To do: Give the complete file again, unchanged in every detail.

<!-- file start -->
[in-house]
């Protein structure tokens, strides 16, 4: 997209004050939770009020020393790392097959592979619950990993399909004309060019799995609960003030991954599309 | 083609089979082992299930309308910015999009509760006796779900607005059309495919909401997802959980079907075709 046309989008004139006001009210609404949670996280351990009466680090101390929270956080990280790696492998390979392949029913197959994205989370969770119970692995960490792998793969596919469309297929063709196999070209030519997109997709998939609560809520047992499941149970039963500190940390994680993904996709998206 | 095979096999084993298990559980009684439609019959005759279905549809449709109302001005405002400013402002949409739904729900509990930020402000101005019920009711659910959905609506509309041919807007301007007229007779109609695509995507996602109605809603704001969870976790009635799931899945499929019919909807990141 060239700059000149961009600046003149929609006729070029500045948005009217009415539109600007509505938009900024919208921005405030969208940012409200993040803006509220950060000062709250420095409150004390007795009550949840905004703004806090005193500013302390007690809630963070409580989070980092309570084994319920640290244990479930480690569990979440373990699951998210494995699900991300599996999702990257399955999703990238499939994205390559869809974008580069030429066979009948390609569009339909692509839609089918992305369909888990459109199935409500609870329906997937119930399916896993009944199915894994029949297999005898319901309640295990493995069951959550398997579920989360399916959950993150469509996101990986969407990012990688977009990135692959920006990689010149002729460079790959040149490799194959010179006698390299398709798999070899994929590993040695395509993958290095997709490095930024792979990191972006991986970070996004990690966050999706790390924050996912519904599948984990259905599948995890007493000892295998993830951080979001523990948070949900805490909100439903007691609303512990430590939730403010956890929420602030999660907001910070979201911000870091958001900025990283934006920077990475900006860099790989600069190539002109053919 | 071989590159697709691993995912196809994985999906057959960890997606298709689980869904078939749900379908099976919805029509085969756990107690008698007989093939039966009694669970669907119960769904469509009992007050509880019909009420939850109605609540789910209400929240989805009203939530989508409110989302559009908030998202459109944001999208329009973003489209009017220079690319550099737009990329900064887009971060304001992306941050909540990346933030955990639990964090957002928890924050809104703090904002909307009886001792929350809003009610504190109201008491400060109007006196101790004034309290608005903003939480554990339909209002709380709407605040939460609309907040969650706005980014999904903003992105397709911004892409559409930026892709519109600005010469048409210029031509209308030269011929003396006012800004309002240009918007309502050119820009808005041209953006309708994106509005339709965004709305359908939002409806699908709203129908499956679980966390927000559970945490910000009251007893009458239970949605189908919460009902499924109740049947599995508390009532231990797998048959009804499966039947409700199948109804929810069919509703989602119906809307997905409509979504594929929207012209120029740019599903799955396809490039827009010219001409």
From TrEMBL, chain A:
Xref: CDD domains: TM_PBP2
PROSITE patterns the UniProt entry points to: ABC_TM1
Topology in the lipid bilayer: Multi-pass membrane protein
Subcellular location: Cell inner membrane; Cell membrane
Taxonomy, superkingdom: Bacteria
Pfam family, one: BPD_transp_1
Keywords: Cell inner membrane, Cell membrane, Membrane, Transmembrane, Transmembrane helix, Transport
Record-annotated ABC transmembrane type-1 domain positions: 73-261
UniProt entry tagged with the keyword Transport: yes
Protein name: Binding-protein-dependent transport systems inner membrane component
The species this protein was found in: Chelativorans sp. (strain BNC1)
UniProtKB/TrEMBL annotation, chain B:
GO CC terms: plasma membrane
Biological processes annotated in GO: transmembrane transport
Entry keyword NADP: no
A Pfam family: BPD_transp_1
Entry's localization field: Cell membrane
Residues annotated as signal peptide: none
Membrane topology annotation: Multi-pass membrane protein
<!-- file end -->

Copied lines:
[in-house]
């Protein structure tokens, strides 16, 4: 997209004050939770009020020393790392097959592979619950990993399909004309060019799995609960003030991954599309 | 083609089979082992299930309308910015999009509760006796779900607005059309495919909401997802959980079907075709 046309989008004139006001009210609404949670996280351990009466680090101390929270956080990280790696492998390979392949029913197959994205989370969770119970692995960490792998793969596919469309297929063709196999070209030519997109997709998939609560809520047992499941149970039963500190940390994680993904996709998206 | 095979096999084993298990559980009684439609019959005759279905549809449709109302001005405002400013402002949409739904729900509990930020402000101005019920009711659910959905609506509309041919807007301007007229007779109609695509995507996602109605809603704001969870976790009635799931899945499929019919909807990141 060239700059000149961009600046003149929609006729070029500045948005009217009415539109600007509505938009900024919208921005405030969208940012409200993040803006509220950060000062709250420095409150004390007795009550949840905004703004806090005193500013302390007690809630963070409580989070980092309570084994319920640290244990479930480690569990979440373990699951998210494995699900991300599996999702990257399955999703990238499939994205390559869809974008580069030429066979009948390609569009339909692509839609089918992305369909888990459109199935409500609870329906997937119930399916896993009944199915894994029949297999005898319901309640295990493995069951959550398997579920989360399916959950993150469509996101990986969407990012990688977009990135692959920006990689010149002729460079790959040149490799194959010179006698390299398709798999070899994929590993040695395509993958290095997709490095930024792979990191972006991986970070996004990690966050999706790390924050996912519904599948984990259905599948995890007493000892295998993830951080979001523990948070949900805490909100439903007691609303512990430590939730403010956890929420602030999660907001910070979201911000870091958001900025990283934006920077990475900006860099790989600069190539002109053919 | 071989590159697709691993995912196809994985999906057959960890997606298709689980869904078939749900379908099976919805029509085969756990107690008698007989093939039966009694669970669907119960769904469509009992007050509880019909009420939850109605609540789910209400929240989805009203939530989508409110989302559009908030998202459109944001999208329009973003489209009017220079690319550099737009990329900064887009971060304001992306941050909540990346933030955990639990964090957002928890924050809104703090904002909307009886001792929350809003009610504190109201008491400060109007006196101790004034309290608005903003939480554990339909209002709380709407605040939460609309907040969650706005980014999904903003992105397709911004892409559409930026892709519109600005010469048409210029031509209308030269011929003396006012800004309002240009918007309502050119820009808005041209953006309708994106509005339709965004709305359908939002409806699908709203129908499956679980966390927000559970945490910000009251007893009458239970949605189908919460009902499924109740049947599995508390009532231990797998048959009804499966039947409700199948109804929810069919509703989602119906809307997905409509979504594929929207012209120029740019599903799955396809490039827009010219001409």
From TrEMBL, chain A:
Xref: CDD domains: TM_PBP2
PROSITE patterns the UniProt entry points to: ABC_TM1
Topology in the lipid bilayer: Multi-pass membrane protein
Subcellular location: Cell inner membrane; Cell membrane
Taxonomy, superkingdom: Bacteria
Pfam family, one: BPD_transp_1
Keywords: Cell inner membrane, Cell membrane, Membrane, Transmembrane, Transmembrane helix, Transport
Record-annotated ABC transmembrane type-1 domain positions: 73-261
UniProt entry tagged with the keyword Transport: yes
Protein name: Binding-protein-dependent transport systems inner membrane component
The species this protein was found in: Chelativorans sp. (strain BNC1)
UniProtKB/TrEMBL annotation, chain B:
GO CC terms: plasma membrane
Biological processes annotated in GO: transmembrane transport
Entry keyword NADP: no
A Pfam family: BPD_transp_1
Entry's localization field: Cell membrane
Residues annotated as signal peptide: none
Membrane topology annotation: Multi-pass membrane protein